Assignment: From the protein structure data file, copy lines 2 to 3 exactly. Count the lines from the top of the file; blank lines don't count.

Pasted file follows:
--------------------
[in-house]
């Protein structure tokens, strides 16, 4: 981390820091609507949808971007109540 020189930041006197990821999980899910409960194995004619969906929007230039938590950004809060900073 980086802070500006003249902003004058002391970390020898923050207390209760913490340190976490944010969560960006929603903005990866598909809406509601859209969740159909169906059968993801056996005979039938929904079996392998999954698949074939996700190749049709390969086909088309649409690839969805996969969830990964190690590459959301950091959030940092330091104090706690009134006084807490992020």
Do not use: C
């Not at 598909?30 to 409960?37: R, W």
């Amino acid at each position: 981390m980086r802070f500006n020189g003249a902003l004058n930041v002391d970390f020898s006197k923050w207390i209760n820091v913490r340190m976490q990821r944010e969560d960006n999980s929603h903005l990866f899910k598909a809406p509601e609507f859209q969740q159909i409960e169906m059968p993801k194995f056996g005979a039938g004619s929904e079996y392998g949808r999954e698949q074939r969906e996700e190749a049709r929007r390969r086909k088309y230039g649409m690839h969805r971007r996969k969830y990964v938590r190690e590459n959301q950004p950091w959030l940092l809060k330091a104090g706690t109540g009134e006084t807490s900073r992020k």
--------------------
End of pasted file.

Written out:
């Protein structure tokens, strides 16, 4: 981390820091609507949808971007109540 020189930041006197990821999980899910409960194995004619969906929007230039938590950004809060900073 980086802070500006003249902003004058002391970390020898923050207390209760913490340190976490944010969560960006929603903005990866598909809406509601859209969740159909169906059968993801056996005979039938929904079996392998999954698949074939996700190749049709390969086909088309649409690839969805996969969830990964190690590459959301950091959030940092330091104090706690009134006084807490992020």
Do not use: C